Assessment of Changing Ecosystem Services Provided by Marsh Habitat

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Habitat Conservation & Restoration Team (HCRT) of the Gulf of Mexico Alliance (GOMA)
Governor’s Action Plan II

Action Item: H-5 Reversing the Downward Trend in Ecosystem Services

The HCRT partnered with the Harte Research Institute for Gulf of Mexico Studies (HRI) to study the potential effects of sea level rise on ecosystem services in Galveston Bay, Texas. Identifying the service flows for each habitat type in the Galveston Bay area, then overlaying sea level rise projections under various scenarios and time frames will provide resource managers and local officials understandable information to base development and conservation decisions on. Assessing the productivity of ecosystems in terms of ecosystem services offers a view of tangible, and often quantifiable, factors to weigh against traditional economic development parameters. This can lead to more prudent and efficient outcomes for coastal communities. In addition to providing good information for Galveston-area officials, the HCRT will use the lessons from this endeavor to promote similar projects around the Gulf.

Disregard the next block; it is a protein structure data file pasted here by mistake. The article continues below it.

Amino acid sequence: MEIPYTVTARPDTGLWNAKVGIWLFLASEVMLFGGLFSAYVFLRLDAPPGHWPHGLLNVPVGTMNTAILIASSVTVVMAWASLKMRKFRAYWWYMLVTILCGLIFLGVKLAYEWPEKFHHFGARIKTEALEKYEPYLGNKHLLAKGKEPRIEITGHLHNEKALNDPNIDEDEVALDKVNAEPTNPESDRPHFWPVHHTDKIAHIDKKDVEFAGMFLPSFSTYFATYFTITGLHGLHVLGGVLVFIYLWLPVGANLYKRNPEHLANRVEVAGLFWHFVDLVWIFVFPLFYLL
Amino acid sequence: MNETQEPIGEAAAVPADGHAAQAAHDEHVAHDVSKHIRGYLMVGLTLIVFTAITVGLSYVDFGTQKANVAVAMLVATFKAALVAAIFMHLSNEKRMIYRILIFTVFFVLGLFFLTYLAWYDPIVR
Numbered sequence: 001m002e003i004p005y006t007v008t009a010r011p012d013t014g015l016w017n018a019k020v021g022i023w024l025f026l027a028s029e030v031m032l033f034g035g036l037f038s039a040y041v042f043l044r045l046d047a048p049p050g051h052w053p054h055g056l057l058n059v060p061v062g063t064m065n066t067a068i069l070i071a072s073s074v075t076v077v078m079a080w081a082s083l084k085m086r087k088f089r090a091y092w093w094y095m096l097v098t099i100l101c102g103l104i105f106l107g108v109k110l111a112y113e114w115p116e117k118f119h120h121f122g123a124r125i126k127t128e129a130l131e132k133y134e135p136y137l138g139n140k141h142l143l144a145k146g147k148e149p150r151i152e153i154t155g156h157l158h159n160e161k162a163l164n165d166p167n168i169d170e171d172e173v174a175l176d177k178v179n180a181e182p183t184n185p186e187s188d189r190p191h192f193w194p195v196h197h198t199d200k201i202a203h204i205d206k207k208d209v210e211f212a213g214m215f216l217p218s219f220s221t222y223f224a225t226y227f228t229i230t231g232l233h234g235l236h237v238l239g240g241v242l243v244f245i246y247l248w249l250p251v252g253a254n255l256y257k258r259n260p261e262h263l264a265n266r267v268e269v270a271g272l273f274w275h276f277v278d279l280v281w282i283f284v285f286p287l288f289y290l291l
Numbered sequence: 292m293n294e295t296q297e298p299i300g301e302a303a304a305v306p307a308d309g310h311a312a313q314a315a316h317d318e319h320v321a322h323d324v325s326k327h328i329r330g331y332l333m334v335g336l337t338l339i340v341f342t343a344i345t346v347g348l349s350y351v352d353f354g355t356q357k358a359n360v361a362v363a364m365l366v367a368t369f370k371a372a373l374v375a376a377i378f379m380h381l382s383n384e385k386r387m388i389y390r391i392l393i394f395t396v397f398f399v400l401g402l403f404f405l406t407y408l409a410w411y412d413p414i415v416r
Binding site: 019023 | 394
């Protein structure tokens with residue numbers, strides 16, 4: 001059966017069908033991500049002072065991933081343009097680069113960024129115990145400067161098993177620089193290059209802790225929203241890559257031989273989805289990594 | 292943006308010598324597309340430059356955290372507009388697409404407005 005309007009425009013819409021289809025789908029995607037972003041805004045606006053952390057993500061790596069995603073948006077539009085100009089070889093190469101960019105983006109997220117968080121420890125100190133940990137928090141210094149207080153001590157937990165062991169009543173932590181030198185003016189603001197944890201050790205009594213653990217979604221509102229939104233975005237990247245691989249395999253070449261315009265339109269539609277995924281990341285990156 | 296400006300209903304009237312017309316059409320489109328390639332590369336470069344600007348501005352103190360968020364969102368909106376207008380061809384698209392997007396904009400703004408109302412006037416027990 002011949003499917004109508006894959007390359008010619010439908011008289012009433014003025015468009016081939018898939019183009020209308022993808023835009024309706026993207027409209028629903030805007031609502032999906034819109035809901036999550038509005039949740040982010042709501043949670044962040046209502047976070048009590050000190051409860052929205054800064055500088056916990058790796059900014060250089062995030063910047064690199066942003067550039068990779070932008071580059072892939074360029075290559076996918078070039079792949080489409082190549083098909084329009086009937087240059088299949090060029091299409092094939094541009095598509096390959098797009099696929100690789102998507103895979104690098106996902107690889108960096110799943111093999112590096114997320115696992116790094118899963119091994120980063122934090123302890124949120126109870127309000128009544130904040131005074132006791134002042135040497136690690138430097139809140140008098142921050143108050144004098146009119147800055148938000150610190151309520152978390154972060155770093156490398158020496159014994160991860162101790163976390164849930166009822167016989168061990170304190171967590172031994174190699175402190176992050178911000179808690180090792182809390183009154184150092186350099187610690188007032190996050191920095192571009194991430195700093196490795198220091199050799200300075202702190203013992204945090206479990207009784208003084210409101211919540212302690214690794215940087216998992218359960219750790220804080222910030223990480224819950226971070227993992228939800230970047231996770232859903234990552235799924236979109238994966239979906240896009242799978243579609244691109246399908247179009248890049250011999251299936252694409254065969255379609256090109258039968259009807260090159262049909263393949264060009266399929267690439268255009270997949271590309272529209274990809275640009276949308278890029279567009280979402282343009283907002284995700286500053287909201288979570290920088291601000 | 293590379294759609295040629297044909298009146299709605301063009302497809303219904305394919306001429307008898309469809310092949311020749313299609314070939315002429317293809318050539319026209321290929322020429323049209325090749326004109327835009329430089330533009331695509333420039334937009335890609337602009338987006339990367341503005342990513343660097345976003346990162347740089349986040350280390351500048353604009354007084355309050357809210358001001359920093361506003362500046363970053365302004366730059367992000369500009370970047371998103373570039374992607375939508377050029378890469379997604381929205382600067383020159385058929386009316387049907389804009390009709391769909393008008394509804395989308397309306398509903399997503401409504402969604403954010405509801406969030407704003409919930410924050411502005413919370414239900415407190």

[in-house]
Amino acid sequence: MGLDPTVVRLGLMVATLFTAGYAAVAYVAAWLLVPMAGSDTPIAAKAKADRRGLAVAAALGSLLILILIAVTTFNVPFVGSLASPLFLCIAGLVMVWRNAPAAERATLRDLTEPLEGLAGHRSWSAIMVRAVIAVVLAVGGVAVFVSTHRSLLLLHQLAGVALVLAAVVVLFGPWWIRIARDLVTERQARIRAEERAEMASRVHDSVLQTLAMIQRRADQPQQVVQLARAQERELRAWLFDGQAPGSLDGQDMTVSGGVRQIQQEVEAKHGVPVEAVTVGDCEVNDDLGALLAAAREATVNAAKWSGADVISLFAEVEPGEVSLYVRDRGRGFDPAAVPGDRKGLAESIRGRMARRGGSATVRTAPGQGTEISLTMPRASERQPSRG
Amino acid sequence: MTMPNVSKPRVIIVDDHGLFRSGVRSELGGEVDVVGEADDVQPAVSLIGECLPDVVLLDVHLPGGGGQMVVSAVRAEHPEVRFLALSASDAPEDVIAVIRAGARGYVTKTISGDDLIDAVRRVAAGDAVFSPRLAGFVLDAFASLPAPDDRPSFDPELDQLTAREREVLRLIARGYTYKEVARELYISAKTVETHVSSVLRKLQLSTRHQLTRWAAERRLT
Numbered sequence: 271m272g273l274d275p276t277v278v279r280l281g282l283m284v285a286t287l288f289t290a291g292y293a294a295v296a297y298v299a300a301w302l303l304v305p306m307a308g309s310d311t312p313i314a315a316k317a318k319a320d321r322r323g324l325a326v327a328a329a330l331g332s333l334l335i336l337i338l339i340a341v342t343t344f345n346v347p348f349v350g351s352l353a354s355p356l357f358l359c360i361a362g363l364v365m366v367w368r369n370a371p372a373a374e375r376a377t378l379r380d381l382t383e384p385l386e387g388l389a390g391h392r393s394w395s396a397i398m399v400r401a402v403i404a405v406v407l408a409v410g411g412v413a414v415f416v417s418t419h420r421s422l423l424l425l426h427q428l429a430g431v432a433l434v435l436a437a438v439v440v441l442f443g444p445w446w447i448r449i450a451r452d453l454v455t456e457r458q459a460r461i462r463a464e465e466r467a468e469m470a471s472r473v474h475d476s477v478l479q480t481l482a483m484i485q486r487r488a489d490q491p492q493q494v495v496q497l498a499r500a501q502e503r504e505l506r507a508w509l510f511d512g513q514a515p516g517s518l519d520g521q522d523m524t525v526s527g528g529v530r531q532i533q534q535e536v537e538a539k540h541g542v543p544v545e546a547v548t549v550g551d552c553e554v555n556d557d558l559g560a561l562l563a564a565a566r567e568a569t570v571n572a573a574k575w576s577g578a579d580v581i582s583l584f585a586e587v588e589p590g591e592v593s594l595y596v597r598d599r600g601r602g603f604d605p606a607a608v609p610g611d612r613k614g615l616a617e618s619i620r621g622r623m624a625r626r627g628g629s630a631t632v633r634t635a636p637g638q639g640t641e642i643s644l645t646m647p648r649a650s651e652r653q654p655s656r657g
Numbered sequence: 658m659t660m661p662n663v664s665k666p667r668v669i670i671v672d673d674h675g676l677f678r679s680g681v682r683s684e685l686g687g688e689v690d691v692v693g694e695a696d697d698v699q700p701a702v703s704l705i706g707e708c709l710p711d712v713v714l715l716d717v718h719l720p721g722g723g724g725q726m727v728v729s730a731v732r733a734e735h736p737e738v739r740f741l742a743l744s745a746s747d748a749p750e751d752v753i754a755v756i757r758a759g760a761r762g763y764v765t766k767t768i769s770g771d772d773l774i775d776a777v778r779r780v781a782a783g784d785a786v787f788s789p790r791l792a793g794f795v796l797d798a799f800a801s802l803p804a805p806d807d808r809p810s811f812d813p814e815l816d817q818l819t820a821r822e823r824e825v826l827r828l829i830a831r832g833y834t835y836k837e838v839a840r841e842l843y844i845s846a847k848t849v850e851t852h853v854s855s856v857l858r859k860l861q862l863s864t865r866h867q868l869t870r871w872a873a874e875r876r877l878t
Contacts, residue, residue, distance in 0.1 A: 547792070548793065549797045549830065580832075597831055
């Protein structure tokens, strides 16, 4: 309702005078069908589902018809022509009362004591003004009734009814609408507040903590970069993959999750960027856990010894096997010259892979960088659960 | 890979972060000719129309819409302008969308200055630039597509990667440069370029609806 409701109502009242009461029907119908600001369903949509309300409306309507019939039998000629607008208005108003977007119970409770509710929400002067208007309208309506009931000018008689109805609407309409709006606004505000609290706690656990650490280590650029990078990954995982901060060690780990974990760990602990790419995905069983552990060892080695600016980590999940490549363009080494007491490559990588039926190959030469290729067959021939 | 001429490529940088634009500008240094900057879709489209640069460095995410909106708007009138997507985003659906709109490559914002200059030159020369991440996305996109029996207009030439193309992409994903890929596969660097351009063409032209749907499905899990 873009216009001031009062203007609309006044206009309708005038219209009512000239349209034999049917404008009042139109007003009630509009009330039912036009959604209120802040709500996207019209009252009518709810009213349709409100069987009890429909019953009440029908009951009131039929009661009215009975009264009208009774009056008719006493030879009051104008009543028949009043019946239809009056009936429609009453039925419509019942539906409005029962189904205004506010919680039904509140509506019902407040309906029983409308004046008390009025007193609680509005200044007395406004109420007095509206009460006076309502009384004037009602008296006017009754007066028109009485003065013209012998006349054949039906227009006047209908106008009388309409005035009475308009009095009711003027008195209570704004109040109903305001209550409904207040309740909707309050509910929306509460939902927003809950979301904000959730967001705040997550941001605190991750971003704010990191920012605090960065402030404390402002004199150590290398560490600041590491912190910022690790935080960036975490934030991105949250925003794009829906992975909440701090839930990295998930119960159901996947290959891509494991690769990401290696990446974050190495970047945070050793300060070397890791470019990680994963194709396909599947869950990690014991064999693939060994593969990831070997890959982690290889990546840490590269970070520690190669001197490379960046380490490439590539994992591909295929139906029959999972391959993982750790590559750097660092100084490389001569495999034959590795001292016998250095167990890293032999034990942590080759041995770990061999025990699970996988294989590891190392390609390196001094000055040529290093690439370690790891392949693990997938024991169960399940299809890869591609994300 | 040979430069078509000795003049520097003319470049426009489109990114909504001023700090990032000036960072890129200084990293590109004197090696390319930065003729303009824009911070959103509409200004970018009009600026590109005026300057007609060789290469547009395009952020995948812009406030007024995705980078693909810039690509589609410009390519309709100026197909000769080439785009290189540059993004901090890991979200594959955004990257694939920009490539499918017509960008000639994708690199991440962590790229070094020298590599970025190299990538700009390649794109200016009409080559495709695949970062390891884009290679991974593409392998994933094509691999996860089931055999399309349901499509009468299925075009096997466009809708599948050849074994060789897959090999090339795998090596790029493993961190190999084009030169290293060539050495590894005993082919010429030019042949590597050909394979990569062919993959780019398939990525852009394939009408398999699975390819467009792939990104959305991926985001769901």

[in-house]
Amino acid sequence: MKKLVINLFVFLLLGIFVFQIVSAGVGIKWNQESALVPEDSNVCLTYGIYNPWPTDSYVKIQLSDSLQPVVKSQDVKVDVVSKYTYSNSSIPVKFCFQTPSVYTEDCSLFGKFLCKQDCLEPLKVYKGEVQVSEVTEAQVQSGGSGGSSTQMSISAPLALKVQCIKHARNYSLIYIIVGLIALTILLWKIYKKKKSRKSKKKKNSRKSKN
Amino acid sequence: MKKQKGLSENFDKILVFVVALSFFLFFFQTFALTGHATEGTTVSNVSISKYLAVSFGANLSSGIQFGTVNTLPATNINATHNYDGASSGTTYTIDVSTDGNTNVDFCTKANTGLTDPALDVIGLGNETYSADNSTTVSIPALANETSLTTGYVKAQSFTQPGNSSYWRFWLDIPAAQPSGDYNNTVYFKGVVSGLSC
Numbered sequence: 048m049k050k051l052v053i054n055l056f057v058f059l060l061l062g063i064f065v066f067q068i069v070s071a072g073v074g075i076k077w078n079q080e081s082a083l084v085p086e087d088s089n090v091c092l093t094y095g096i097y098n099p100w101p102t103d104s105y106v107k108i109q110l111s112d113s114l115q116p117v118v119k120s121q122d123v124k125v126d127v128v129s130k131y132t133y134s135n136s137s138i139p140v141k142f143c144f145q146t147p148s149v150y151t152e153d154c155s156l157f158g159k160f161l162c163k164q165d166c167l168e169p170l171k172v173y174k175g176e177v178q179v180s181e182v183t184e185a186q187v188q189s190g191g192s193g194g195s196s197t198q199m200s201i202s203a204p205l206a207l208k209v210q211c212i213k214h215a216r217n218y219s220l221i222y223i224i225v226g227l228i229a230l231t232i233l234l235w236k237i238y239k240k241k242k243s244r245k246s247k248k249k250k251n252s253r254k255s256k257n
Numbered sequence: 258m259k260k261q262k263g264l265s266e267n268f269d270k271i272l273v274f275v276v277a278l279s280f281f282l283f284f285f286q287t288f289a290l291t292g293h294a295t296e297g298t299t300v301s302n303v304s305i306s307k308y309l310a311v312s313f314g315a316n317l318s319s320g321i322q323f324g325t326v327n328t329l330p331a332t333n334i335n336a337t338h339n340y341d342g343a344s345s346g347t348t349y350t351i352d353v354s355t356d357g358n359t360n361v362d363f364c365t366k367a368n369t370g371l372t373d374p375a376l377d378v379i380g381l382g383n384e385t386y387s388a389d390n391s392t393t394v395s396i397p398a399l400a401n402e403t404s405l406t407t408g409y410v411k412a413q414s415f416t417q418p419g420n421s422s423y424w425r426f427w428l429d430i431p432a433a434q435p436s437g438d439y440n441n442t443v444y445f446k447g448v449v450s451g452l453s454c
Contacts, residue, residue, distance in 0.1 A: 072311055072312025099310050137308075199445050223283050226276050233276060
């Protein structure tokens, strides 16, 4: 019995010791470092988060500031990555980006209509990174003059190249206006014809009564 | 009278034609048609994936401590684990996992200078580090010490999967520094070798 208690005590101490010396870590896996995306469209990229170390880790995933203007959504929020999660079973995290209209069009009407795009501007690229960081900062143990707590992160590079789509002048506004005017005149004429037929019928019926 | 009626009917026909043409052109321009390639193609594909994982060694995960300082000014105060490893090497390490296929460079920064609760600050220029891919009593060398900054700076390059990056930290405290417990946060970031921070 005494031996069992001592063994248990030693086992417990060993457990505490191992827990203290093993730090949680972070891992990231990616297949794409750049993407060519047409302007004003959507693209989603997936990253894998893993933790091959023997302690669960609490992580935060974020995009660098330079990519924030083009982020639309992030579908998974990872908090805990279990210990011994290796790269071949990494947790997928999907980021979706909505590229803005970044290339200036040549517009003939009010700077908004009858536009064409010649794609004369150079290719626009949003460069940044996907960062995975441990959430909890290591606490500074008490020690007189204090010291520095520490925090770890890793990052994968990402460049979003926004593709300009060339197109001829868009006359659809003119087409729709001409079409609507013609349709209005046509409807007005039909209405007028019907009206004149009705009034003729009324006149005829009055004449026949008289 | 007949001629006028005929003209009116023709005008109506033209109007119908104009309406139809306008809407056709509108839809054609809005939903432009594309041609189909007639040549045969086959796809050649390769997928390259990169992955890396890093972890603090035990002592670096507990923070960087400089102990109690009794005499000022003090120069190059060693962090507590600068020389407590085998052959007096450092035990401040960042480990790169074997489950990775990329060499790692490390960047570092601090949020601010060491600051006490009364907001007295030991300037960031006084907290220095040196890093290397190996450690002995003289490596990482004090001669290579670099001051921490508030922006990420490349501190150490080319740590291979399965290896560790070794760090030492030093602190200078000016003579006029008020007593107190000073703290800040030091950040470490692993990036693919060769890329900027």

Changes in ecosystem services from marshes were assessed based on different time frames and sea level rise scenarios. Outputs from the Galveston Bay modeling done under HCRT project Sea-level rise Affecting Marsh Model (SLAMM) Runs and Conservation Planning Data Platform Development were delivered to HRI in June 2011 so the data from that work could be incorporated.  Methodologies to be used in conducting the project were initially presented to the HCRT at its team meeting held in May 2011.

May 2011 Presentation (PDF 421.4 kb)

Final report (PDF 21.7 mb)

Download Project Brochure